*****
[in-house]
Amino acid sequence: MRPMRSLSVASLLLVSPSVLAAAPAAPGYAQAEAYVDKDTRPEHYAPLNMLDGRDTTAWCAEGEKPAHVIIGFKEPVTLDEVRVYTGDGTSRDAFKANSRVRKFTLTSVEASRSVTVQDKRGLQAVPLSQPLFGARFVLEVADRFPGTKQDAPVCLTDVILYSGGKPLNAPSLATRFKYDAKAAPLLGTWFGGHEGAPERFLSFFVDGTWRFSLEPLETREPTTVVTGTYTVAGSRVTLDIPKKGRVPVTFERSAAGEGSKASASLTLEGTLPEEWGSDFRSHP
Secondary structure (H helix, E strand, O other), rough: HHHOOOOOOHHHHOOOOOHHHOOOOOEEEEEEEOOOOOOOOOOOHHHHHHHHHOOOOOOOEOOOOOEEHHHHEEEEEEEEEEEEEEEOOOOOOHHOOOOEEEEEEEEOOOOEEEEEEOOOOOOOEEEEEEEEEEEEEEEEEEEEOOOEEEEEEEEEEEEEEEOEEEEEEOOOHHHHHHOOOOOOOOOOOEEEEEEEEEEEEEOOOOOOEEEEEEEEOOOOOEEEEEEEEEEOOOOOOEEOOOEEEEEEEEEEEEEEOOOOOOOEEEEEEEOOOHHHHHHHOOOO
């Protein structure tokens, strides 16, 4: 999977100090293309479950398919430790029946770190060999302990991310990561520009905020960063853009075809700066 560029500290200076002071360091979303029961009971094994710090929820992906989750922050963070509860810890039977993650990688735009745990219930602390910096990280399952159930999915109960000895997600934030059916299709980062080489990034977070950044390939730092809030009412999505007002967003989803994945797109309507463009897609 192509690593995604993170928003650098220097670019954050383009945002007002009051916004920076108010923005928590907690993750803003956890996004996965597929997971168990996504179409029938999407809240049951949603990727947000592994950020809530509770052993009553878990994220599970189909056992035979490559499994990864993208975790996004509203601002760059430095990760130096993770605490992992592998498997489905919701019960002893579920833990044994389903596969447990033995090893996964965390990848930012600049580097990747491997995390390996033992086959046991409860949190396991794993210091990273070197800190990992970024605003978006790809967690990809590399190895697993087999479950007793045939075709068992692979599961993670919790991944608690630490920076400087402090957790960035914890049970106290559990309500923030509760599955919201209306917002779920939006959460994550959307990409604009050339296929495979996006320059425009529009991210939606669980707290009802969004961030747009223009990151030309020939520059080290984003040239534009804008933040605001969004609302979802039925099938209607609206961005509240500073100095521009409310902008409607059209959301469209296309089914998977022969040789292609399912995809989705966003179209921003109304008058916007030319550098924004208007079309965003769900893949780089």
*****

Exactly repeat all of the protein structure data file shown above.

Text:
[in-house]
Amino acid sequence: MRPMRSLSVASLLLVSPSVLAAAPAAPGYAQAEAYVDKDTRPEHYAPLNMLDGRDTTAWCAEGEKPAHVIIGFKEPVTLDEVRVYTGDGTSRDAFKANSRVRKFTLTSVEASRSVTVQDKRGLQAVPLSQPLFGARFVLEVADRFPGTKQDAPVCLTDVILYSGGKPLNAPSLATRFKYDAKAAPLLGTWFGGHEGAPERFLSFFVDGTWRFSLEPLETREPTTVVTGTYTVAGSRVTLDIPKKGRVPVTFERSAAGEGSKASASLTLEGTLPEEWGSDFRSHP
Secondary structure (H helix, E strand, O other), rough: HHHOOOOOOHHHHOOOOOHHHOOOOOEEEEEEEOOOOOOOOOOOHHHHHHHHHOOOOOOOEOOOOOEEHHHHEEEEEEEEEEEEEEEOOOOOOHHOOOOEEEEEEEEOOOOEEEEEEOOOOOOOEEEEEEEEEEEEEEEEEEEEOOOEEEEEEEEEEEEEEEOEEEEEEOOOHHHHHHOOOOOOOOOOOEEEEEEEEEEEEEOOOOOOEEEEEEEEOOOOOEEEEEEEEEEOOOOOOEEOOOEEEEEEEEEEEEEEOOOOOOOEEEEEEEOOOHHHHHHHOOOO
């Protein structure tokens, strides 16, 4: 999977100090293309479950398919430790029946770190060999302990991310990561520009905020960063853009075809700066 560029500290200076002071360091979303029961009971094994710090929820992906989750922050963070509860810890039977993650990688735009745990219930602390910096990280399952159930999915109960000895997600934030059916299709980062080489990034977070950044390939730092809030009412999505007002967003989803994945797109309507463009897609 192509690593995604993170928003650098220097670019954050383009945002007002009051916004920076108010923005928590907690993750803003956890996004996965597929997971168990996504179409029938999407809240049951949603990727947000592994950020809530509770052993009553878990994220599970189909056992035979490559499994990864993208975790996004509203601002760059430095990760130096993770605490992992592998498997489905919701019960002893579920833990044994389903596969447990033995090893996964965390990848930012600049580097990747491997995390390996033992086959046991409860949190396991794993210091990273070197800190990992970024605003978006790809967690990809590399190895697993087999479950007793045939075709068992692979599961993670919790991944608690630490920076400087402090957790960035914890049970106290559990309500923030509760599955919201209306917002779920939006959460994550959307990409604009050339296929495979996006320059425009529009991210939606669980707290009802969004961030747009223009990151030309020939520059080290984003040239534009804008933040605001969004609302979802039925099938209607609206961005509240500073100095521009409310902008409607059209959301469209296309089914998977022969040789292609399912995809989705966003179209921003109304008058916007030319550098924004208007079309965003769900893949780089």